Portland’s Stumptown Comics Fest is fast approaching, and I’ll be participating on Sunday, April 25th, with a signing and presentation.
For those of you who are local or able to attend, I’m curious what topics, images, and formats you’re craving. It seems like the last three years
I’ve just talked about progress on HABIBI — at least this time it’s only a couple of months from completion. What can I do to make this round
more fulfilling for the audience? … My apologies to all of you that aren’t local. In 2011, I promise to be touring EVERYWHERE!
The poster this year is created by my good buddy Theo Ellsworth. (couldn’t find a decent jpeg…)
In other news, Mathew sent a question about the Atlantic Center for the Arts residency. Send in as many ideas/proposals as you wish!
However, since I can only choose eight “Associate artists”, the more realized the proposal the better.
First off, some quick answers to your questions. Tina, hopefully these are in time for your school project. 1) How would you describe your style of drawing?
Plain ol’ cartooning; but whereas Chris Ware talks about cartooning as typography, I think of it as calligraphy.
I like the panel borders, lettering, brush or pen lines to all read as the author’s handwriting. 2) Why don’t you call “Blankets” a graphic novel but “an illustrated novel”?
No good reason. I think, at the time, I was considering “comic book” or “graphic novel” and found them both lacking.
Since then, the latter has become such a widely accepted term that I’ll likely adjust the heading on the new edition. 3) Would you say that Blankets has started a new form of comics as you included some pages which you wouldn’t find in a
comic book normally like the pages on which there is only one big panel or all the drawings in which you can see just nature?
That technique of letting the eye breathe on full-page images has long been used in manga and bande dessinée. And super hero splash pages! 4) Why did you insert those detailed drawings of nature and why did you insert so many of them?
When I think about it a second longer, it’s definitely a manga-rip-off. The “wandering eye” transitions that Scott McCloud discusses in his books.
Corban, I never actively sought out a publisher. I just happened to be in the right place at the right time. Upon moving to Portland in 1997,
I got in contact with Brett Warnock who ran a one-person operation called Primal Groove Press, and I helped as a grunt for midnight
photocopy sessions. Contact some publishers to see how they prefer project proposals. There’s editorial advantages to both methods.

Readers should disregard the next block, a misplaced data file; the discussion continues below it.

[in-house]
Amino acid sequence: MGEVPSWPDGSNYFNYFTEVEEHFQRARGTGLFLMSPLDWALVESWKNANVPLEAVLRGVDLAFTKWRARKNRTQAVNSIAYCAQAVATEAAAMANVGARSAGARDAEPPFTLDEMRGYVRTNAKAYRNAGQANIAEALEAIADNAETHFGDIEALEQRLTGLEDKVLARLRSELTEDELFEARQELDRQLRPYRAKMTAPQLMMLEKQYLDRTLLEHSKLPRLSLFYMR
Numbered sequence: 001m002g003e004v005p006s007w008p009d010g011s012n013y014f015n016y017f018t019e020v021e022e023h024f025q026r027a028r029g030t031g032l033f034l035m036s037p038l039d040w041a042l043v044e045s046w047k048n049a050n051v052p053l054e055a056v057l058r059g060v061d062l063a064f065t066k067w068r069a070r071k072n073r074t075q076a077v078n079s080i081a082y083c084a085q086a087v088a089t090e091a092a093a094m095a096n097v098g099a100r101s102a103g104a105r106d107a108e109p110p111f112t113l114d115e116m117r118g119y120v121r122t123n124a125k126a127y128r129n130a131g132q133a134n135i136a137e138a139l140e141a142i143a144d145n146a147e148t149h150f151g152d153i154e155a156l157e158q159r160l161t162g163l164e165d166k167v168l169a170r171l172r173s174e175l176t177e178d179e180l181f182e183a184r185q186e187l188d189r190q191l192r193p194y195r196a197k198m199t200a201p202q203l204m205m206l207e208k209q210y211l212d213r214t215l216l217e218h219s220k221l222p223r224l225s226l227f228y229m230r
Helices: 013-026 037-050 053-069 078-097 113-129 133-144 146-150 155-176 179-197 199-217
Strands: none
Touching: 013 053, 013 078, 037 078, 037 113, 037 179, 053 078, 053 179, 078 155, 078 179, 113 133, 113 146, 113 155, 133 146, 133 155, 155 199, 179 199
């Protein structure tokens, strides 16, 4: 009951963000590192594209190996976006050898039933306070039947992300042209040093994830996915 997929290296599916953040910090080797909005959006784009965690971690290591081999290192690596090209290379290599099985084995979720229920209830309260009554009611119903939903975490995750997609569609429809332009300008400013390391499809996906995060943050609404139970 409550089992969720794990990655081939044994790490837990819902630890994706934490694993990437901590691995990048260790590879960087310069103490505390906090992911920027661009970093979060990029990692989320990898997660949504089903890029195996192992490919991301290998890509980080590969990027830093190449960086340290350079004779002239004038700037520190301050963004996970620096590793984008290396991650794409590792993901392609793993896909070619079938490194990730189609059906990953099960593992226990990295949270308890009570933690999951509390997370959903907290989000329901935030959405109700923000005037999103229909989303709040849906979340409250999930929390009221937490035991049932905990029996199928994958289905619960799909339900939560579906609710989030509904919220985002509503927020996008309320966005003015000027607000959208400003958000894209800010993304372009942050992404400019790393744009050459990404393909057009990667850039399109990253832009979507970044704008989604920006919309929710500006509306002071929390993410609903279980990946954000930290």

Sorry, Allison, but I am looking for writer-artist-in-one cartoonists to work with at the ACA residency.
And finally some visuals! This recent page reminded me of a drawing I did in 2005 for a charity auction for my friends the Decemberists.
The lyrics at right are, of course, copyright Colin Meloy. Random trivia: What Decemberists’ video sneaks in copies of BLANKETS?
Happy New Year, Everyone! HABIBI progress updates coming soon(ish). In the meantime, heads-up that the Atlantic Center for the Arts
Residency program is focusing on GRAPHIC NOVELS in October 2010. Each year they provide interactive work spaces for writers, artists,
choreographers, composers, etc., hosting fancy folks from Robert Rauschenberg to Edward Albee to Saul Williams. This year – Paul Pope, Svetlana Chmakova, and myself will be acting as “Master Artists” and hand-selecting eight “Associate Artists” (a piece) to work with.
HABIBI should be wrapped up, so I expect to indulge in new projects and have plenty of attention to devote to other artists.
I mention it now, because May 21, 2010 is the deadline for applications. And here’s what I’m asking of applicants: “Applicants should submit a proposal for a graphic novel: an outline of the narrative, and samples of finished comics pages (from previous work or the current project). But artists will benefit most if they can bring a finished first draft in an edit-able form to the residency. This could be in typed screenplay format, though I favor a hand-drawn thumbnail which includes text AND image, and is drawn legibly so others can read and offer comments. In this form, we can discuss narrative individually or as a group, hone preliminary craft like reference poses, or dive into finished artwork.” Pictured above:
a self portrait by Paul Pope (an obvious influence on my own work), the ACA studios nestled in a sea of pine, and a pile of BLANKETS thumbnails.
A toast to you, blog readers, for staying in touch year round!
If women, water, and trees are what I most enjoy drawing, than BUILDINGS rank last. Chapter seven has lots of them, and I keep getting slowed
down by tedious perspective drawings. Here’s a photo reference from an overpass construction site near my house — along with pencils and inks.